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I Who £s Responsible For the £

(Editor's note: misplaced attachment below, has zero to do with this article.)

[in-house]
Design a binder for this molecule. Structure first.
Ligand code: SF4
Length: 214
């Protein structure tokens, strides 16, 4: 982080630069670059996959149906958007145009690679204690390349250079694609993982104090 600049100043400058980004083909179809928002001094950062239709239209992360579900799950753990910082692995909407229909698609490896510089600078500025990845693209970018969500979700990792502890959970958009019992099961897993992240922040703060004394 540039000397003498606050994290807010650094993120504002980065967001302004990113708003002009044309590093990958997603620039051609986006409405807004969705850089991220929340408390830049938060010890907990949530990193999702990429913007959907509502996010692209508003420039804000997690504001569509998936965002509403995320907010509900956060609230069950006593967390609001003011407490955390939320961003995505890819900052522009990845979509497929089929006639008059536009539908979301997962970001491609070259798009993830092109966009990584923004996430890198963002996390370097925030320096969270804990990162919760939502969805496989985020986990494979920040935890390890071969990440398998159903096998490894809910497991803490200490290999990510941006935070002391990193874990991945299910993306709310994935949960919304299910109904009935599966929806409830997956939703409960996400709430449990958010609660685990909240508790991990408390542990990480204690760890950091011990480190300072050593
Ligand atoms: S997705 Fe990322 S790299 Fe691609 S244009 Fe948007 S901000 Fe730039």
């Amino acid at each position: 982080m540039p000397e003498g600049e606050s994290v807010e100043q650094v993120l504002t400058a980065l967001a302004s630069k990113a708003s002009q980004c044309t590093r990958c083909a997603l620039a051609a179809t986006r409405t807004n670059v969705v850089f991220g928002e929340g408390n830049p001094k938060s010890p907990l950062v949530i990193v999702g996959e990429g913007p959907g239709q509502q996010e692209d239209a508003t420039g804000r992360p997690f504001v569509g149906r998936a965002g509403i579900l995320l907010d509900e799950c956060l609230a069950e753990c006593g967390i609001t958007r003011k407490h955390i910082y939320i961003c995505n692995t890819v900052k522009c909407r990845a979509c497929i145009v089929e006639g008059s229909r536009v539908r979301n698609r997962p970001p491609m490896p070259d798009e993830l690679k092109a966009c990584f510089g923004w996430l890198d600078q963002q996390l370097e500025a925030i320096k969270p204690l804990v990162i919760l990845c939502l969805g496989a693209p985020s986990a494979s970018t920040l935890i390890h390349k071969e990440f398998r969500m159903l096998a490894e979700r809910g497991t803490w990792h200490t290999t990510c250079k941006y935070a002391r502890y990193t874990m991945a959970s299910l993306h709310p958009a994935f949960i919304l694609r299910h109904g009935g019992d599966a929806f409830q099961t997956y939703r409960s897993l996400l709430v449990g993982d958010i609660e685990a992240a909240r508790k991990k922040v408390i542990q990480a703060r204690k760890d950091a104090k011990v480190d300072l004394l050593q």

| High Cost of Living? i\ f. In a great way the people are. I say J I the great trouble is the Cost of High liv- * i ing. To illustrate this, we have seen a * | grocer sell foods!off at 20 per cent high- |j i er than his competitor, and yet the peo- $j I pie bought the high priced article. | | All during the war we sold P. & W. + | Quinine for $1.50 an ounce when it was |j I worth $2 an ouuce wholesale, and our +| | competitors were selling it at $2.50 and | | $3, and yet they sold lots 01 quinine, j | Who is tu blame in these cases? I he j: ♦ public, of course. We will admit that J | there has been a great deal of profiteer- * f ing, but it your merchant puts an un- 4 | reasonable price on an article, and you t know it and then buy it, who is to blame? 4. i Who is the sucker? In this case do we J $ need legislation? No, we need a little * | Common sense. -J 4. Today the Model Drug Co, is selling Quinine at $2 an oz. ^ 4. while the others are getting $3 an oz. Power and Weight- ^ 4 man, the best qninine mrde, $2 an ounce. Not only quinine ^ 4 but a great many other articles we sell at far less than our £ 4 competitors. Yet the people go on kicking abcut the high ^ I cost of living and go on buying at the high prices when they ^ <$» could buy stuff for one third less. Tours for Prices, s I MODEL DRUG CO. * 4 C I WILLARD STORAGE I | BATTERIES § H H1 I The Willard Storage Batteries are gj ij the best made for ail automobiles, g; p when it comes to good service. gj « ■ H1 I FIRESTONE CASES, Ford sizes, § $11.60 and up, the casing for long | mileage. 8 MAGNOLIA GASOLINE, the best | gasoline on the market. Fill your p tank at my station on Front street. | O.D JTURNER I | FOR SALE s Cash or Easy Payments !; $ All the land and timber formerly owned by the j[ > Nashville Lumber Company, in Howard, Sevier, j| > Little River and Hempstead Counties. j| LEWELLING & PRICE-WILLIAMS jj S Bank of Nashville Building ![ 5 Nashville, Arkansas £ *ty+'X**W* I LANDS FOR SALE. b Monev to Loan on Imoroved Farms. | \\ ;; 1,000 acres good upland far sale at $20 per acre, M \\ 1=8 or more cash, balance in 7 equal annual pay IS i j ments at 6 per cent per annum. Also good improv= «\ \ \ ed upland farms from $30 to $50 per acre on same j' ;; terms. Will take Liberty Bonds in part payment jj \ I or all payment and pay 105 cents on the dollar for \ j II them. \\\ 11 See me if you want to buy land. \ j H. C. NODGES, Notary Public. i; V,I OFFICE IN SANDERSON BUILDING Ashdown, Arkansas. ;i +X+X+X+M* ♦*■»*♦*♦ i'.*Y*X*mx* SHOES WILL BE HIGHER In Holh Stylo ami Price Is Prediction of Wholesalers. Chicago, Oct 26.—Shoes will be high in style Ami higher in price during the I coming winter ami spring, speakers predicted today at the midwinter con ference of the Western Association of Shoe Wholesalers. John Wilder, one of the speakers, said high prices were due to a Lack of raw material and scarcity of help. U. S. AVIATORS WERE jj SlfisN BY THE KEXISAKS ' Bodies of Men Missing Since August 21 * \ce Brought Heine; Messages on I* Wings Told (lie Story. *i ] •] San Diego, Oct 26. It was officially ^ announced here tonight that Meats, i ‘ Cecil II. Connolly of San Diego and t - Frederick I!. Waterhouse of Weiser, [da., army aviators, missing since Aug- j ^ ust 21, were slain in Lower California *1 by two Mexican fishermen. \ s The announcement was made ttpon'i tlie arrival here of the'destroyer Ar- j' roil Ward, bringing the bodies of the - two aviators from Bahia. Los Angeles,]: on the Gulf of Lower California, to j H which point they had flown, losing | *1 their way in a border patrol flight j from Yuma, Arid., to SanDiago. I According to Maj. R. S. Bratton head of tlie military party sent from here to recover the bodies, the slavers * I were from a Mexican sloop, their, identity is known to the I'nited States and Mexican governments and steps are being taken to capture them. The destroyer also brought a part of a story ot the suffering endured by the young aviators, in the form of notes scrawled in part on tlie wings j and fusilage of their DeHaviiand air- | plane, in whicli Connolly and Water house made their last flight, Some of thyye messages, evidently written when the aviators hud almost lost j hope of being found, were of such a j tragic nature that Major Bratton ask-] ed the newspaper reporters to refrain from using them, one of consideration for the officers’ families. Nineteen Kays Without Food. Major Bratton said that the two av iators had gone lb days without food, ■ or at least without much to sustain them. The fate that drew them from their air path remained with them un til the very last. Maj. Theodore Mac Auley. in one of his tights to find them, flew within 60 miles of the spot where they stood guarding their plane. Later, on the afternoon of September 6, they were landed from a canoe on ihe shor es of Los Angeles by the same fisher men who are accused of killing tthem five days later, and at that time were only 12 miles from Los Florres silver mine, where they might have received protection and food. One of their messages, scratched on the airplane fusilage with a knife or nail, gave details of how the aviators lost their way. The message said they remained in the air for four hours and live minutes: that they ran into a rain storm and lost their sense of direc tion. When they sighted the Gulf of California, they thought they were fly ing up the coast, instead of southward along the east coast of the Gulf of California -—-o RAILWAYS ASK RATE INCREASE Hines I’ufs Experts at Disposal of Roads to Determine Costs. Washington, Oct. 27.—Increases in rail transportation rates to offset the increase in operating expenses during federal control, will be sought imme diately from the Interstate Commerce Commission by the railroad corpora tions. This decision was reached today ai a conference between. Director Gen eral Hines and representatives of the Association of Railway Excutives Director General Hines made clear that the government has no intention of initiating advance, but is willing to put the services of its experts at the disposal of the railroad corpora tions if it was desired to act inde pendently before the Interstate Com merce Commission. The offer was ac cepted. There was no indication how much of an advance the railroads thought necessary to enable them to operate without deficit. 1JIKY NLRKO’S BODY IN BA BN Bod} of Negro Murdered in Bowie Count} M as Discovered. Texarkana. Oct. 2ti.—Dead nearly 3 weeks, and buried in the stall of a sta ble, the body of "Peg-leg” Lewis, neg ro, was discovered yesterday two miles from Bassett, Bowie county. Texas. His death is glleged to have occurred at the hands of his mother, Lula Ree ves. and his sister, Rosie Hunter, fol lowing a quarrel A negro boy, Ervin Lewis, was arrested yesterday by De puty Sheriff Tidwell, of Bassett, who brought the negro to Texarkana last night and lodged him in the Bowie county jail, where he is being held in connection with the murder According to information given out at the sheriff's office, the Lewis boy is said to have confessed to arriving at the murdered man’s house shortly be fore he died and that after death had occurred he helped dig a shallow grave in a corner of a stable stall where the body of the murdered man was buried. According to his statement he had no : band in the killing. f, 4 ' ; l 1 hey are Zibeline Cloth, enduring and go xi looking, gen ii erously made in a full-belted style. A collar that buttons snug | ly, deep pockets that are quite indispensable. Colors are brown, | navy, green, plum, etc. Sizes 8 to 1 2 years. i 4 — -—-——_____—.— £ l _ isses Cotton Hosiery 4 4 These black mercerized cotton hose are very fine ribbed $ and are suitable both for boys and girls. The highly lustrous 4 finish, double heels and toes, make them highly desirable. Sizes | 6 to 10 1 -2. I t ----— \ Little Sister Will i Need a Sweater 4 4 and maybe needs one this very minute to p!av in out o’-dors, or 4 J 4 to wear to school these autumn days. r 4 Mo her will find none prettier or better value than these 4 wool slip-overs or little coat models that have just arrived. Sizes * 6 to 11. jlj * ____— T l Buster Brown Shoes 4* * We have them in kids, black kid and black gunrnetal, calf * and also in tan calf in the Shapping last and in the narrow 4* J toes, we recommend every every pair to give satssfaction. They T | have welt soles and can he resoled. I I =_======^^ UNDSAYBROS. I “The Right Place” Ashdown, Ark.